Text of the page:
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The formation of large-amplitude fingers in atmospheric vortices


Cosgrove, JM and Forbes, LK, The formation of large-amplitude fingers in atmospheric vortices, ANZIAM Journal, 57, (4) pp. 395-416. ISSN 1446-1811 (2016) [Refereed Article]

Copyright Statement

Copyright 2016 Australian Mathematical Society

DOI: doi:10.1017/S1446181115000243


Large-scale low-pressure systems in the atmosphere are occasionally observed to possess Kelvin–Helmholtz fingers, and an example is shown in this paper. However, these structures are hundreds of kilometres long, so that they are necessarily affected strongly by nonlinearity. They are evidently unstable and are observed to dissipate after a few days.

A model for this phenomenon is presented here, based on the usual f-plane equations of meteorology, assuming an atmosphere governed by the ideal gas law. Large-amplitude perturbations are accounted for, by retaining the equations in their nonlinear forms, and these are then solved numerically using a spectral method. Finger formation is modelled as an initial perturbation to the nth Fourier mode, and the numerical results show that the fingers grow in time, developing structures that depend on the particular mode. Results are presented and discussed, and are also compared with the predictions of the β-plane theory, in which changes of the Coriolis acceleration with latitude are included. An idealized vortex in the northern hemisphere is considered, but the results are at least in qualitative agreement with an observation of such systems in the southern hemisphere.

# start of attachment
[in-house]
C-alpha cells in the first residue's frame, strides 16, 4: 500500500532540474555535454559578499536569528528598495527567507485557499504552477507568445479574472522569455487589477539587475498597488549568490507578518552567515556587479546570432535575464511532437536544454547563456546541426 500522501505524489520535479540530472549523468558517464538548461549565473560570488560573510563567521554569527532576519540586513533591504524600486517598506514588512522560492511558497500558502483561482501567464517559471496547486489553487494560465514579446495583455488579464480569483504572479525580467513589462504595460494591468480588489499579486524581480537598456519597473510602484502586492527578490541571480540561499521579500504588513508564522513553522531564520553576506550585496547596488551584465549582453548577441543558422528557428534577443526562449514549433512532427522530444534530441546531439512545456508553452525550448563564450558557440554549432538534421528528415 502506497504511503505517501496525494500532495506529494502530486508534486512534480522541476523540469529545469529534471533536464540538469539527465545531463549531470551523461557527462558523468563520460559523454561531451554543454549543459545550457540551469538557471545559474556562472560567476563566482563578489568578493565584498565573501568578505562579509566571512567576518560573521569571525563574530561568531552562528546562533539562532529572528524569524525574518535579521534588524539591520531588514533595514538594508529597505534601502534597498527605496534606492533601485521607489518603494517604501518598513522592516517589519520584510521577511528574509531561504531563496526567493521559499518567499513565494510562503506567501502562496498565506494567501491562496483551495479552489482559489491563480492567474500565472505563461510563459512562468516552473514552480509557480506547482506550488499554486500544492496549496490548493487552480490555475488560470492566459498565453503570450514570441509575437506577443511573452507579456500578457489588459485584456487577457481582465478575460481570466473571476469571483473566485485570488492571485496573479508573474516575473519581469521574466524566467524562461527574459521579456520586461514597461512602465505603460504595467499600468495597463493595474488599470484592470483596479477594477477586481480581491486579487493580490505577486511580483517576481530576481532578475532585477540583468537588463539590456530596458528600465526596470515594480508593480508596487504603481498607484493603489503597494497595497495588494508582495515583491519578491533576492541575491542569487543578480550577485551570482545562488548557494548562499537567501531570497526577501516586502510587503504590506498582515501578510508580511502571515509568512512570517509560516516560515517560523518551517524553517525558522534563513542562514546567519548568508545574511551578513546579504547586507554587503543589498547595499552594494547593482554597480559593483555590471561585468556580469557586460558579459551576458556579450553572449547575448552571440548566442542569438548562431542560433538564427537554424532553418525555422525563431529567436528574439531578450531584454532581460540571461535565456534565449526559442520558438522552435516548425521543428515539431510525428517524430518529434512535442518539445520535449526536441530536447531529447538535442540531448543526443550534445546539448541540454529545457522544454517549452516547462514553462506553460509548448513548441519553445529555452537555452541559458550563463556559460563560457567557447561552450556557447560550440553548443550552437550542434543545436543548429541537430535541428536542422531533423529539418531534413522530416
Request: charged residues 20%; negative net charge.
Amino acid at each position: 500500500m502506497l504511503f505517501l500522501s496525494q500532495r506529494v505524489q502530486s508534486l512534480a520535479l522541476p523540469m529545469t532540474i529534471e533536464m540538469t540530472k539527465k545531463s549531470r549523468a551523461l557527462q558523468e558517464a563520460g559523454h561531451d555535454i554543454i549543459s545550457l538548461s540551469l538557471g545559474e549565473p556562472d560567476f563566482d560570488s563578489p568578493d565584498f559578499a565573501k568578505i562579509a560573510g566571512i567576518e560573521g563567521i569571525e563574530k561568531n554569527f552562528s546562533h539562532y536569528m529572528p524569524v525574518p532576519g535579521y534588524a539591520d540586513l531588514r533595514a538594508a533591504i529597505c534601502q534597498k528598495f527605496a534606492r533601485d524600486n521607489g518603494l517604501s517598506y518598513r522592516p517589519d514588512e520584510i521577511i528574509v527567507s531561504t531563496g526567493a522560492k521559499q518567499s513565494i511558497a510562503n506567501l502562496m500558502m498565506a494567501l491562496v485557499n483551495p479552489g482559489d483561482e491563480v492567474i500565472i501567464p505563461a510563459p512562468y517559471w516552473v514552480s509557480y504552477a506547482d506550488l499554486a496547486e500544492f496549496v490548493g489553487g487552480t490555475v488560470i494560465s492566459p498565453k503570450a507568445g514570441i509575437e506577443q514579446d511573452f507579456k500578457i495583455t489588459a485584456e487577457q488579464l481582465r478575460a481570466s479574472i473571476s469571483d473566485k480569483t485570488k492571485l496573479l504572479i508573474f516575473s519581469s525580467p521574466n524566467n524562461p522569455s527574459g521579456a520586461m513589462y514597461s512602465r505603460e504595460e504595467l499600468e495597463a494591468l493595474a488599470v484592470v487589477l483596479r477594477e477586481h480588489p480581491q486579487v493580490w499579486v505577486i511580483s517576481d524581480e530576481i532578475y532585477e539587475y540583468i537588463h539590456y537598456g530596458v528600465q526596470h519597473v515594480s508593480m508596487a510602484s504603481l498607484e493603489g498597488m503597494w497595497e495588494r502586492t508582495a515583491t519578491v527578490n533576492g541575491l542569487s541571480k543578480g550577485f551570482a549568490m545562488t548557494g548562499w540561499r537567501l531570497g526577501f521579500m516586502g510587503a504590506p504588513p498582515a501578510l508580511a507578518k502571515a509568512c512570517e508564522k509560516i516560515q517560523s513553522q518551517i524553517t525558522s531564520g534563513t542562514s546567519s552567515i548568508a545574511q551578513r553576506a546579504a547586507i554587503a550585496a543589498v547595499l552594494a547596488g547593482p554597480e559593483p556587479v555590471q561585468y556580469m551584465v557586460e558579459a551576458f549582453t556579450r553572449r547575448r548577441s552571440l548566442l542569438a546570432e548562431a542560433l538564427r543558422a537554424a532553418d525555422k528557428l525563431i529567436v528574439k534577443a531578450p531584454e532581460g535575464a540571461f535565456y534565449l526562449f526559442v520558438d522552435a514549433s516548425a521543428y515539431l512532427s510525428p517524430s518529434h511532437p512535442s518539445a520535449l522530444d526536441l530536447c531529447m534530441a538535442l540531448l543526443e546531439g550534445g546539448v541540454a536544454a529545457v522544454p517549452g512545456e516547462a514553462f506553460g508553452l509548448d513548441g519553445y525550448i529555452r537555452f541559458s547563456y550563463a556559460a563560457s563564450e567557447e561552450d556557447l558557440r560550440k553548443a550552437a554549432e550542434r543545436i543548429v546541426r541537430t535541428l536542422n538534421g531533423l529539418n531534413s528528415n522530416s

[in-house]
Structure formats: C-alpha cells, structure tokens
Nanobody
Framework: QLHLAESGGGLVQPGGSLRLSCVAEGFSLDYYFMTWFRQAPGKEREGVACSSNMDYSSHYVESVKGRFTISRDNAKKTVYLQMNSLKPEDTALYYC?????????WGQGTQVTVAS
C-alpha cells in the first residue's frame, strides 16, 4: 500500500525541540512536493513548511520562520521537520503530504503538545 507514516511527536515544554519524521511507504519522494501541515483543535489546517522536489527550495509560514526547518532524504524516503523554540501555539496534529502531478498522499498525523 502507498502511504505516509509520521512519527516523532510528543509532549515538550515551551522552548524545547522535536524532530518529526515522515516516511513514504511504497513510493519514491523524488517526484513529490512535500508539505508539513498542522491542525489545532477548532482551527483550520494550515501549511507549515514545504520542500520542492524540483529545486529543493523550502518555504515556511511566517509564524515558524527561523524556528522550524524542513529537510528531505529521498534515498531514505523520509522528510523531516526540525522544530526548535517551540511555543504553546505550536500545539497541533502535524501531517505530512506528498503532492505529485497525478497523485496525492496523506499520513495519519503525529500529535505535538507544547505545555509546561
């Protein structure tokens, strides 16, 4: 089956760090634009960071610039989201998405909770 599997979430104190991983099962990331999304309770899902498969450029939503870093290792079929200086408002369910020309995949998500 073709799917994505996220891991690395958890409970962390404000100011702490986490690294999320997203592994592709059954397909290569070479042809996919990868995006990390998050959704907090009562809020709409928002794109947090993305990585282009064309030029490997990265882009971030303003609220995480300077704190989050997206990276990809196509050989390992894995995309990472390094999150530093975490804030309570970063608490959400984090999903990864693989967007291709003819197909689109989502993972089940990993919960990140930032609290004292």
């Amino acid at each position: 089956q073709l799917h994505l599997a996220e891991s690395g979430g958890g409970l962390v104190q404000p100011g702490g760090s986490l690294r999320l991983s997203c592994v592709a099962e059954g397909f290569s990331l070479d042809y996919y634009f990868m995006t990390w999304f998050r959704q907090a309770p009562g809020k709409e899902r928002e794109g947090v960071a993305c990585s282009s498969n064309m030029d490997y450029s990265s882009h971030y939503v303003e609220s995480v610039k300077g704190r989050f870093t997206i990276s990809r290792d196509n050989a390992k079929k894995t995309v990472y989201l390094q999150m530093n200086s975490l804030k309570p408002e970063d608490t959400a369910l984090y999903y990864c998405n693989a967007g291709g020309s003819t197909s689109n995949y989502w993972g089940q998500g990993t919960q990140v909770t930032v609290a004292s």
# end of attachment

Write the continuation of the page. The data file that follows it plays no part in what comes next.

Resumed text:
Item Details

Item Type:Refereed Article
Keywords:atmospheric vortices, pectral methods
Research Division:Mathematical Sciences
Research Group:Applied mathematics
Research Field:Theoretical and applied mechanics
Objective Division:Expanding Knowledge
Objective Group:Expanding knowledge
Objective Field:Expanding knowledge in the mathematical sciences
UTAS Author:Cosgrove, JM (Dr Jason Cosgrove)
UTAS Author:Forbes, LK (Professor Larry Forbes)
ID Code:114887
Year Published:2016
Web of Science® Times Cited:1
Deposited By:Mathematics and Physics
Deposited On:2017-03-01
Last Modified:2017-11-01

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